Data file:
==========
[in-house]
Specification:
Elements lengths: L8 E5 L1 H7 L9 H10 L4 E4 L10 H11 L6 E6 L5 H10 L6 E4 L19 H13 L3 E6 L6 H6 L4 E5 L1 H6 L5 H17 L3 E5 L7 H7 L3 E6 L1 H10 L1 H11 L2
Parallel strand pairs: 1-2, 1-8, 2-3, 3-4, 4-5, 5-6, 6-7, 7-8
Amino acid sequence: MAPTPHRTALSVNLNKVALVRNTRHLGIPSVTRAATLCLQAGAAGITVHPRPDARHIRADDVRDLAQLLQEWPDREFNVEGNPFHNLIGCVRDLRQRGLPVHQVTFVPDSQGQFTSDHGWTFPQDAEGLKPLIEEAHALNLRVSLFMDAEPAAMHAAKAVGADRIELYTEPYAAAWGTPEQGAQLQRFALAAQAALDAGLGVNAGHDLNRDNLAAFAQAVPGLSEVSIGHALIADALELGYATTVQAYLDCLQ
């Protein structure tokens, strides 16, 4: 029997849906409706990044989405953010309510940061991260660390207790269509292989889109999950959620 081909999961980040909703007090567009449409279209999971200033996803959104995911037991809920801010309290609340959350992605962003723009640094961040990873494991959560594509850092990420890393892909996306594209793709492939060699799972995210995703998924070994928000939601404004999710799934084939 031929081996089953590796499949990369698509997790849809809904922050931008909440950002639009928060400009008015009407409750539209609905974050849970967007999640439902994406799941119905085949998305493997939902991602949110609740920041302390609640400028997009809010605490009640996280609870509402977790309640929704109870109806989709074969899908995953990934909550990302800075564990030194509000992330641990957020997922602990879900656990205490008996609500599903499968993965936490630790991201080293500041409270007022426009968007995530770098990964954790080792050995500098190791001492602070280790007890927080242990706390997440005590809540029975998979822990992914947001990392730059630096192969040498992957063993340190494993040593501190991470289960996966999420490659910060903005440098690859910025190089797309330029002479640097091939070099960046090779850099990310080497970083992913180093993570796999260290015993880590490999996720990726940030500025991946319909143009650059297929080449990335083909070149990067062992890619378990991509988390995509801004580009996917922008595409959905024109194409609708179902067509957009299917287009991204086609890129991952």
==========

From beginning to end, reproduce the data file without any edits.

[in-house]
Specification:
Elements lengths: L8 E5 L1 H7 L9 H10 L4 E4 L10 H11 L6 E6 L5 H10 L6 E4 L19 H13 L3 E6 L6 H6 L4 E5 L1 H6 L5 H17 L3 E5 L7 H7 L3 E6 L1 H10 L1 H11 L2
Parallel strand pairs: 1-2, 1-8, 2-3, 3-4, 4-5, 5-6, 6-7, 7-8
Amino acid sequence: MAPTPHRTALSVNLNKVALVRNTRHLGIPSVTRAATLCLQAGAAGITVHPRPDARHIRADDVRDLAQLLQEWPDREFNVEGNPFHNLIGCVRDLRQRGLPVHQVTFVPDSQGQFTSDHGWTFPQDAEGLKPLIEEAHALNLRVSLFMDAEPAAMHAAKAVGADRIELYTEPYAAAWGTPEQGAQLQRFALAAQAALDAGLGVNAGHDLNRDNLAAFAQAVPGLSEVSIGHALIADALELGYATTVQAYLDCLQ
């Protein structure tokens, strides 16, 4: 029997849906409706990044989405953010309510940061991260660390207790269509292989889109999950959620 081909999961980040909703007090567009449409279209999971200033996803959104995911037991809920801010309290609340959350992605962003723009640094961040990873494991959560594509850092990420890393892909996306594209793709492939060699799972995210995703998924070994928000939601404004999710799934084939 031929081996089953590796499949990369698509997790849809809904922050931008909440950002639009928060400009008015009407409750539209609905974050849970967007999640439902994406799941119905085949998305493997939902991602949110609740920041302390609640400028997009809010605490009640996280609870509402977790309640929704109870109806989709074969899908995953990934909550990302800075564990030194509000992330641990957020997922602990879900656990205490008996609500599903499968993965936490630790991201080293500041409270007022426009968007995530770098990964954790080792050995500098190791001492602070280790007890927080242990706390997440005590809540029975998979822990992914947001990392730059630096192969040498992957063993340190494993040593501190991470289960996966999420490659910060903005440098690859910025190089797309330029002479640097091939070099960046090779850099990310080497970083992913180093993570796999260290015993880590490999996720990726940030500025991946319909143009650059297929080449990335083909070149990067062992890619378990991509988390995509801004580009996917922008595409959905024109194409609708179902067509957009299917287009991204086609890129991952």